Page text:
Unstructured Decisions "...are those that are either not capable of being 
structured or that have not yet been examined in depth and so appear to the 
organization as unstructured." 

Semistructured decisions provide a natural class for application of DSS. A 
combination of the human's judgement and the computer's computational power 
can extend the human's effectiveness in such decision making activities. 

( 3 ) 

Anthony (1965) developed three categories of managerial activities - stra¬ 
tegic planning, management control, and operational control. Although, for 
DSS, this distinction seems much less important, since DSS has applications 
in each activity so long as the decision is semistructured. 

Donovan and Madnick (1976) categorize DSS into two types: institutional 
and ad hoa. Institutional DSS, currently the most common, are those 
supporting repetitive or recurrent decisions. Ad hoc DSS, currently few 
in number, support decisions which occur infrequently or are not usually 

.3 Some Definitions of a DSS 

Much of the initial focus and direction in DSS was provided by Professor 
Peter C. W. Keen, Michael S. Scott Morton and their students; as well as 
Eric D. Carlson and his colleagues. Figure 2.1 presents some of the def¬ 
initions which have evolved from this early work. 

By examining the words separately, one might accept the erroneous conclu¬ 
sion that DSS consists of any system which supports decision making activities. 
This definition is far too broad and, as can be seen from examination of 
Figure 2.1, is not intended by researchers and practitioners in the field. 

DSS Involves Computers 

Virtually all the definitions include the term computer in them. Even 
McCosh and Morton limit their focus to computer systems. The computer is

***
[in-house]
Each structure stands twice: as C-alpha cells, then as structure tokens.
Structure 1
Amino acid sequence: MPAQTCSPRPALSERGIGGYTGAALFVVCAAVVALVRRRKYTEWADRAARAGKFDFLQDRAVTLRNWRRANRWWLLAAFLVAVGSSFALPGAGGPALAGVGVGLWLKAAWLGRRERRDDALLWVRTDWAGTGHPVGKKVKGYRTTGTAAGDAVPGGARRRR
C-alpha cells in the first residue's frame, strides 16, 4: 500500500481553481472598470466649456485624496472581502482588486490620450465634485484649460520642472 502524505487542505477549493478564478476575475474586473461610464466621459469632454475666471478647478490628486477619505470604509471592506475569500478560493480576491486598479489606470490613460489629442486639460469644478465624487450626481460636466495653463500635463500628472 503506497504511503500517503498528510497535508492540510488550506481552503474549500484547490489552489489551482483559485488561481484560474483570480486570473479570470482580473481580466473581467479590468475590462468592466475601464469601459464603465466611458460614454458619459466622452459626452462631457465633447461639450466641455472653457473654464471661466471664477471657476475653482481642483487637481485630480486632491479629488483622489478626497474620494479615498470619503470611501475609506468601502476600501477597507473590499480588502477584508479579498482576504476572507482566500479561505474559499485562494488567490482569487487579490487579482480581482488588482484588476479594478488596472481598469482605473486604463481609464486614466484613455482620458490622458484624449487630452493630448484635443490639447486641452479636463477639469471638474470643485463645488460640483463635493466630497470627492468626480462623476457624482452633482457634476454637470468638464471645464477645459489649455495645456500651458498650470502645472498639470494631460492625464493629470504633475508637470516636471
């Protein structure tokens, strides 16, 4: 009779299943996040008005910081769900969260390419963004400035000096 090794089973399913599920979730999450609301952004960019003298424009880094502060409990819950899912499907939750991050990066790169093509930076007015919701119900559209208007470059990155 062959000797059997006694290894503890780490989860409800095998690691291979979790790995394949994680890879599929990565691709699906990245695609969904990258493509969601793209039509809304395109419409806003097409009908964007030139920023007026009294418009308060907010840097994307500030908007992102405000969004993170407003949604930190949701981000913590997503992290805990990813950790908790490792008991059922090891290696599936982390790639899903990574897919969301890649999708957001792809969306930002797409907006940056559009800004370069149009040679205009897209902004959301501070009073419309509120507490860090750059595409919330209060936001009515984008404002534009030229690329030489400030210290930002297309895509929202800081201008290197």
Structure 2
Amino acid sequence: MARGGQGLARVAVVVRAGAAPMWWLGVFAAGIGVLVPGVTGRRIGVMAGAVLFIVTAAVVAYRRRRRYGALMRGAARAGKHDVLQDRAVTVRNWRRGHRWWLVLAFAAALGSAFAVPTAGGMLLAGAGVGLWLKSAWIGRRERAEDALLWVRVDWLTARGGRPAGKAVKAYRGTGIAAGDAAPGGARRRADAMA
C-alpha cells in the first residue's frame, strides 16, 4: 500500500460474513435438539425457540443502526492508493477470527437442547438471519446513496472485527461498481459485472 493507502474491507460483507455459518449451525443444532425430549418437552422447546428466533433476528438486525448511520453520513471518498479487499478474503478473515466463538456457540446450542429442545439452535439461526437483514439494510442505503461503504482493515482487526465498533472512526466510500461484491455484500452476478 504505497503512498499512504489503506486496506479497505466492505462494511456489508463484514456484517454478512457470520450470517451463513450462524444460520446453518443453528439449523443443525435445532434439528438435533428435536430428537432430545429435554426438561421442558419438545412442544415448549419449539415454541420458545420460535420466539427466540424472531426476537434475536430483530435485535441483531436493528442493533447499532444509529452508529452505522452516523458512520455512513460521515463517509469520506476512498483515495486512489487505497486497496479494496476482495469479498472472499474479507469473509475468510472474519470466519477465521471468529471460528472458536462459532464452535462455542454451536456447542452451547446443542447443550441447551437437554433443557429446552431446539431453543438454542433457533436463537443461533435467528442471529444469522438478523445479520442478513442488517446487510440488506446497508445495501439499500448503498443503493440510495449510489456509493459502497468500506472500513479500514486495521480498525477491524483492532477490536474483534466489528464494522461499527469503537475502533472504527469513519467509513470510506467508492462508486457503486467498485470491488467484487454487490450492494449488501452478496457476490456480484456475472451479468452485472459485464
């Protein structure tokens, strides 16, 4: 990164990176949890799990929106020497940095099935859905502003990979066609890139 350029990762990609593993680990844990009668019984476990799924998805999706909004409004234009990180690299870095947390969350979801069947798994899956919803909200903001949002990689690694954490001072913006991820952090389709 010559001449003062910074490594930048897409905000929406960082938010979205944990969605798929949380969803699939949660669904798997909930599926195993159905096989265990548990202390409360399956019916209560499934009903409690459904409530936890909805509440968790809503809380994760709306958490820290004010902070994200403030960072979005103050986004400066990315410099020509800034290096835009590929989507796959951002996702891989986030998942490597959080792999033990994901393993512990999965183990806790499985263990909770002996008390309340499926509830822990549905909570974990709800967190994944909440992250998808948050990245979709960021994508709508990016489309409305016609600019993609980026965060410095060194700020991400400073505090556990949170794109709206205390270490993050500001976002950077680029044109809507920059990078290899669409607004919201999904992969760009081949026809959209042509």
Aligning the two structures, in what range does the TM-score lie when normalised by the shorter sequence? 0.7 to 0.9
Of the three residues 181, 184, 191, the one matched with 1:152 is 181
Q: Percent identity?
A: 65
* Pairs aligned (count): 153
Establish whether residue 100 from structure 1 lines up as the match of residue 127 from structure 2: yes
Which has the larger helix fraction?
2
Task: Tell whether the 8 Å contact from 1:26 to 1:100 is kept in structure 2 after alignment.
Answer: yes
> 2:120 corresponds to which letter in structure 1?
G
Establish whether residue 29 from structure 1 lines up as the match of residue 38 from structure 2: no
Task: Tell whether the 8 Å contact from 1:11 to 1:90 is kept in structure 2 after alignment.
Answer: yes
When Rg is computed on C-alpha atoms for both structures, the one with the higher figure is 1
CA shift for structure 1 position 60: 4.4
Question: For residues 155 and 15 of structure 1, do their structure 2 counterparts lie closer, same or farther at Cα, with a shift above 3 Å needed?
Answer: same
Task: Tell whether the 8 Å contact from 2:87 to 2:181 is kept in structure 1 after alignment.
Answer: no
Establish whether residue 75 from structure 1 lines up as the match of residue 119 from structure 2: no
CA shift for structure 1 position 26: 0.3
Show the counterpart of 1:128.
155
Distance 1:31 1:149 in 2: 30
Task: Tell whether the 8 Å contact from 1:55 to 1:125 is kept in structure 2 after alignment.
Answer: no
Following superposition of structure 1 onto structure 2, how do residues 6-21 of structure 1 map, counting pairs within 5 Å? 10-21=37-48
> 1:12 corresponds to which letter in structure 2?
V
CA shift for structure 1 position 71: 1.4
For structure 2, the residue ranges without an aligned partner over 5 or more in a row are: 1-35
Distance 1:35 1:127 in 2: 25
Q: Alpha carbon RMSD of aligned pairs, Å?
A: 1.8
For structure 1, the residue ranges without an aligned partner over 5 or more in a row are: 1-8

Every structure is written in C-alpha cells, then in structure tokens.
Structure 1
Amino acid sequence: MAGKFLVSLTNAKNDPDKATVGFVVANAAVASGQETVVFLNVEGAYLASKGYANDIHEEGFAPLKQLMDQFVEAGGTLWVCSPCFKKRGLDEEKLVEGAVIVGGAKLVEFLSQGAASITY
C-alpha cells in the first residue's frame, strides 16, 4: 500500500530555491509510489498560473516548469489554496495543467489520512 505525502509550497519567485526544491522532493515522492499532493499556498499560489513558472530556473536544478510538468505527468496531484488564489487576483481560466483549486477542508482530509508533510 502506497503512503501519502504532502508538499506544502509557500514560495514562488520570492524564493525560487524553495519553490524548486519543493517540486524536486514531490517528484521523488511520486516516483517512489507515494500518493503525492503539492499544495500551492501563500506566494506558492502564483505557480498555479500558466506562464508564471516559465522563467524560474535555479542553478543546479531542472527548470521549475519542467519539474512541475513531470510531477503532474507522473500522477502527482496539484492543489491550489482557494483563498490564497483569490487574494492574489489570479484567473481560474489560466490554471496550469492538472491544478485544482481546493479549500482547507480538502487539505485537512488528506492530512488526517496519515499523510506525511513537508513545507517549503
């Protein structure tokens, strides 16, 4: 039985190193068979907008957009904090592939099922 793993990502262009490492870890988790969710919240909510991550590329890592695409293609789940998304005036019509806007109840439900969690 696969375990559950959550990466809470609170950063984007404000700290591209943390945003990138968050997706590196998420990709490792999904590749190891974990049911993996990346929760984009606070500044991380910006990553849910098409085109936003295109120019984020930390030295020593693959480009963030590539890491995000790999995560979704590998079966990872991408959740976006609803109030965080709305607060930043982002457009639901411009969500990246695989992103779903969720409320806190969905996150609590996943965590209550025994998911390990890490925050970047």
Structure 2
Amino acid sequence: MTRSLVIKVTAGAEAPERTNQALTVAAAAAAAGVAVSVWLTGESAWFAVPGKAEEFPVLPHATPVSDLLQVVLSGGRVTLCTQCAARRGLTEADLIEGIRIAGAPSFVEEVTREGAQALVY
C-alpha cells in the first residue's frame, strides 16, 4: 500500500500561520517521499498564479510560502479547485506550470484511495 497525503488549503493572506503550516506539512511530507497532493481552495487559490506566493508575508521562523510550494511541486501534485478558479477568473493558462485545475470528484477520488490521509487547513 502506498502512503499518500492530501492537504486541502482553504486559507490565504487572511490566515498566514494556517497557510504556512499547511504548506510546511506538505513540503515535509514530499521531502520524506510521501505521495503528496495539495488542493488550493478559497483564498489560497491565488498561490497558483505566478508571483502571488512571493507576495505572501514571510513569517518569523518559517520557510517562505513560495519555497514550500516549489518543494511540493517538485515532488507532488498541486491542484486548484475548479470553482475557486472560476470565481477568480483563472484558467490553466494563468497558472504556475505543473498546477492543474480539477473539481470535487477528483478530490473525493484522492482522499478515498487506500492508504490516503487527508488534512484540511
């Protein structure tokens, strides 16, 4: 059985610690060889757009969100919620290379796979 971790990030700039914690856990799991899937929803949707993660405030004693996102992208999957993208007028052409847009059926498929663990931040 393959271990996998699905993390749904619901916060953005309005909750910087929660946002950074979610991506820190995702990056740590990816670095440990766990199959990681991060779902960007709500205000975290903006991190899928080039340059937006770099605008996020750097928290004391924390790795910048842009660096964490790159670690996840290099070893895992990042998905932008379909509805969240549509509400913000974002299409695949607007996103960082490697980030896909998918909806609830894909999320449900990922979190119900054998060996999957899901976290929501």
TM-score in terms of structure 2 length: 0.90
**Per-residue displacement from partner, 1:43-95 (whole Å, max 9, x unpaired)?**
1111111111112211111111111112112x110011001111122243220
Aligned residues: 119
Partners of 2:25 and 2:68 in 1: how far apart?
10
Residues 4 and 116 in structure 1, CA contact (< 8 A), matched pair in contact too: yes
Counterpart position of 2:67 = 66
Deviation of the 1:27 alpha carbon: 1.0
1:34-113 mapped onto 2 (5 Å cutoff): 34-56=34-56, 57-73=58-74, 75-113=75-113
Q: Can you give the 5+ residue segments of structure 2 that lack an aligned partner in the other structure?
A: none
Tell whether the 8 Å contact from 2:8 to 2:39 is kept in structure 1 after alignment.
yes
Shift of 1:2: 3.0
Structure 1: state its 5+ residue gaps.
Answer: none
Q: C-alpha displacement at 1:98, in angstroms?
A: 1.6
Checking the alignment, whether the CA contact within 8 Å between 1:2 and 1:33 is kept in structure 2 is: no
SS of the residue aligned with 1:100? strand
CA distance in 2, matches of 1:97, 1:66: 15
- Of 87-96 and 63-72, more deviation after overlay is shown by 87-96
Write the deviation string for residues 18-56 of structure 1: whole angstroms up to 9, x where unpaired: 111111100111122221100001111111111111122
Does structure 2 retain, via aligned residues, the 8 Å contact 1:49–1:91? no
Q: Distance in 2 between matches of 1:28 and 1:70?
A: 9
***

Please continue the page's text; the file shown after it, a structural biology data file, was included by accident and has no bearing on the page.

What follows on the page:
there for its computational power - including data searching and reduction, 
modelling and analysis, and informational display. In may ways, in a DSS, 
the computer can be viewed as a powerful calculator. 

DSS Involves Humans 

Such terms as support, assist, meet with, extend, aid, and help imply the 
use of the human component (Manager, Decision Maker) as a part of the DSS. 
Current state-of-the-art computers still cannot model human intuition, 
judgement and experience. However, careful design of a DSS, involving both 
the human and the computer, which accounts for the abilities of the human 
and the computer, can extend the capabilities of both. 

The Linkage is Important 

DSS is serious in its attempt at integration of the human and computer com¬ 
ponents into a single system, and thus the linkage is important. Such terms 
as flexible, interactive, conversational, and relevent information become 

Emphasis is placed on the human ability to transmit, receive and process 
information. Computer transmissions employ charts and graphs instead of 
tables, limited amounts of information, color coded and spatial displays, 
etc. Human transmissions occur in english-like commands, or through flex¬ 
ible control devices such as light pens or joy sticks, etc. 

By far and away, the greatest concern in the design of a DSS is the Linkage 

( 4 ) 


(GRACE, 1976) 

INFORMATION". (CARLSON & MORTON, introduction to Carlson, 1977) 

& STABELL, introduction to Keen & Morton, 1978) 








between the human and the computer. 

2.4 Some Characteristics of a DSS 

Examining the definitions in Figure 2.1 and the variety of applica¬ 
tions typified by the bibliography, we are able to identify a set of basic 
characteristics possessed by most DSS's. One such list of characteristics 
is presented in Figure 2.2. WE shall discuss each characteristic in turn, 
and indicate how it relates to DSS. 

Computer-Based - As already indicated, DSS implies the use of a computer.